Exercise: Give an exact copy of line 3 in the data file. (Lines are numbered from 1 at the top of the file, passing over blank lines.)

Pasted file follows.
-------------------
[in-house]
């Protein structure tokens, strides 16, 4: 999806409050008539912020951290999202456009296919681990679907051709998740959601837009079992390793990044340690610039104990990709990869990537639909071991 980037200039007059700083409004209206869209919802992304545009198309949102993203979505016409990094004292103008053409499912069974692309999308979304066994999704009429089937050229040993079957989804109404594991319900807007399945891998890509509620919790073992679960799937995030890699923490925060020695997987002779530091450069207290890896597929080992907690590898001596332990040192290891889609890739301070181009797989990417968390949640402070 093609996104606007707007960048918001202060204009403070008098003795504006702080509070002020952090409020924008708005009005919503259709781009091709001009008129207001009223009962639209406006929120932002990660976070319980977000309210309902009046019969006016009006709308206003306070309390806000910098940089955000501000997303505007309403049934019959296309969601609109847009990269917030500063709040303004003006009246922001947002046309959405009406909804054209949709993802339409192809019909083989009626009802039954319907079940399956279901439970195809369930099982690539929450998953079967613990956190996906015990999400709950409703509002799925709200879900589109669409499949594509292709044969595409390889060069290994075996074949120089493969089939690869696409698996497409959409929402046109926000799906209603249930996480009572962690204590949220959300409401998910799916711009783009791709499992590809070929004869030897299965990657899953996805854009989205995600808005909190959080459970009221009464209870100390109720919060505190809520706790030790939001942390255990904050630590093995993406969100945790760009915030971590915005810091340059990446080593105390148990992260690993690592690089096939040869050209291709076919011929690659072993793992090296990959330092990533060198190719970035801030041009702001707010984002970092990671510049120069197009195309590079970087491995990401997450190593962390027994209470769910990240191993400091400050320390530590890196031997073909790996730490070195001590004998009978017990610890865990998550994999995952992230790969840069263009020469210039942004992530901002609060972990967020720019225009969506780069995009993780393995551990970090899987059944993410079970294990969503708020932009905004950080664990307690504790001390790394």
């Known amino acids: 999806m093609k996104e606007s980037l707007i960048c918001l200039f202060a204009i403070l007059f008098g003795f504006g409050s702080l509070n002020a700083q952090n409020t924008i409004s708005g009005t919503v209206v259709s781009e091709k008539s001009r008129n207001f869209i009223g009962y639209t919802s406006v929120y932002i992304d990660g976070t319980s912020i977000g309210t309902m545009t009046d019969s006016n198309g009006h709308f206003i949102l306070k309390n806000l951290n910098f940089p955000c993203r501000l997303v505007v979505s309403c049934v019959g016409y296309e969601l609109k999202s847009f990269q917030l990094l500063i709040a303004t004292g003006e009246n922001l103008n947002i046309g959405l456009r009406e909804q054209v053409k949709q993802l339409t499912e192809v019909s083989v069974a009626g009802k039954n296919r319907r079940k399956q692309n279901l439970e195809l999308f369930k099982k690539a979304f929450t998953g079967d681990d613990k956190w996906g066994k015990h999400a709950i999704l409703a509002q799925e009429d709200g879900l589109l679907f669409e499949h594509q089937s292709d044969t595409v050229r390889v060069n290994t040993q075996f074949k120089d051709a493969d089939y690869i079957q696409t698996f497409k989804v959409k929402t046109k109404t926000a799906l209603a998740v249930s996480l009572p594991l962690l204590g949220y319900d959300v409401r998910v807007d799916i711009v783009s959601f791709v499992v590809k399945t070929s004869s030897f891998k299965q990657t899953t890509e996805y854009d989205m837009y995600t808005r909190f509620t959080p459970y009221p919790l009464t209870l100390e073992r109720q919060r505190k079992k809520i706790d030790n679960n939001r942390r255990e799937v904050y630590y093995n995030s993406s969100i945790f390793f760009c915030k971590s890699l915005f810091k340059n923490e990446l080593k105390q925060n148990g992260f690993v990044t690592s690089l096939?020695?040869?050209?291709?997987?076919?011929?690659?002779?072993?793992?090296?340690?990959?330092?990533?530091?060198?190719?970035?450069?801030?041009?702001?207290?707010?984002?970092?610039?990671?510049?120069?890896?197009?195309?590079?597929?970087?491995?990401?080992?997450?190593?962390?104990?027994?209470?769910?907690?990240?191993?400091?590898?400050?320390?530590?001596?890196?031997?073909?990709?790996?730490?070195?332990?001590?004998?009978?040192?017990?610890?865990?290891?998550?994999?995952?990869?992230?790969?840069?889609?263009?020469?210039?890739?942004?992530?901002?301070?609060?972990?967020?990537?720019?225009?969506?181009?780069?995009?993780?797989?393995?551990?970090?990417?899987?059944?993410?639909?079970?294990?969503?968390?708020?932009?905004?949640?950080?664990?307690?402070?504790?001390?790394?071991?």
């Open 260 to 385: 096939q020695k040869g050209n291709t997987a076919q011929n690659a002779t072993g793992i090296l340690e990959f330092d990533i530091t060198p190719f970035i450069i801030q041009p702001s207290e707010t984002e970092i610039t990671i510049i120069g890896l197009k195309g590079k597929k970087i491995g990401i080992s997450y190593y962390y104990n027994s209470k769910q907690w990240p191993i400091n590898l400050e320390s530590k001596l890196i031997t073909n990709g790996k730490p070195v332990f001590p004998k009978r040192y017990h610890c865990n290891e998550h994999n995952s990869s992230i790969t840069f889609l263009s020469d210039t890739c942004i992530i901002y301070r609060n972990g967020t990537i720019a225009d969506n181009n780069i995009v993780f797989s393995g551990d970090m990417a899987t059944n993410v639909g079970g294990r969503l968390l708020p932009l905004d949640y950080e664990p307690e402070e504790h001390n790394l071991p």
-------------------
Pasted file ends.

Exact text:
């Known amino acids: 999806m093609k996104e606007s980037l707007i960048c918001l200039f202060a204009i403070l007059f008098g003795f504006g409050s702080l509070n002020a700083q952090n409020t924008i409004s708005g009005t919503v209206v259709s781009e091709k008539s001009r008129n207001f869209i009223g009962y639209t919802s406006v929120y932002i992304d990660g976070t319980s912020i977000g309210t309902m545009t009046d019969s006016n198309g009006h709308f206003i949102l306070k309390n806000l951290n910098f940089p955000c993203r501000l997303v505007v979505s309403c049934v019959g016409y296309e969601l609109k999202s847009f990269q917030l990094l500063i709040a303004t004292g003006e009246n922001l103008n947002i046309g959405l456009r009406e909804q054209v053409k949709q993802l339409t499912e192809v019909s083989v069974a009626g009802k039954n296919r319907r079940k399956q692309n279901l439970e195809l999308f369930k099982k690539a979304f929450t998953g079967d681990d613990k956190w996906g066994k015990h999400a709950i999704l409703a509002q799925e009429d709200g879900l589109l679907f669409e499949h594509q089937s292709d044969t595409v050229r390889v060069n290994t040993q075996f074949k120089d051709a493969d089939y690869i079957q696409t698996f497409k989804v959409k929402t046109k109404t926000a799906l209603a998740v249930s996480l009572p594991l962690l204590g949220y319900d959300v409401r998910v807007d799916i711009v783009s959601f791709v499992v590809k399945t070929s004869s030897f891998k299965q990657t899953t890509e996805y854009d989205m837009y995600t808005r909190f509620t959080p459970y009221p919790l009464t209870l100390e073992r109720q919060r505190k079992k809520i706790d030790n679960n939001r942390r255990e799937v904050y630590y093995n995030s993406s969100i945790f390793f760009c915030k971590s890699l915005f810091k340059n923490e990446l080593k105390q925060n148990g992260f690993v990044t690592s690089l096939?020695?040869?050209?291709?997987?076919?011929?690659?002779?072993?793992?090296?340690?990959?330092?990533?530091?060198?190719?970035?450069?801030?041009?702001?207290?707010?984002?970092?610039?990671?510049?120069?890896?197009?195309?590079?597929?970087?491995?990401?080992?997450?190593?962390?104990?027994?209470?769910?907690?990240?191993?400091?590898?400050?320390?530590?001596?890196?031997?073909?990709?790996?730490?070195?332990?001590?004998?009978?040192?017990?610890?865990?290891?998550?994999?995952?990869?992230?790969?840069?889609?263009?020469?210039?890739?942004?992530?901002?301070?609060?972990?967020?990537?720019?225009?969506?181009?780069?995009?993780?797989?393995?551990?970090?990417?899987?059944?993410?639909?079970?294990?969503?968390?708020?932009?905004?949640?950080?664990?307690?402070?504790?001390?790394?071991?």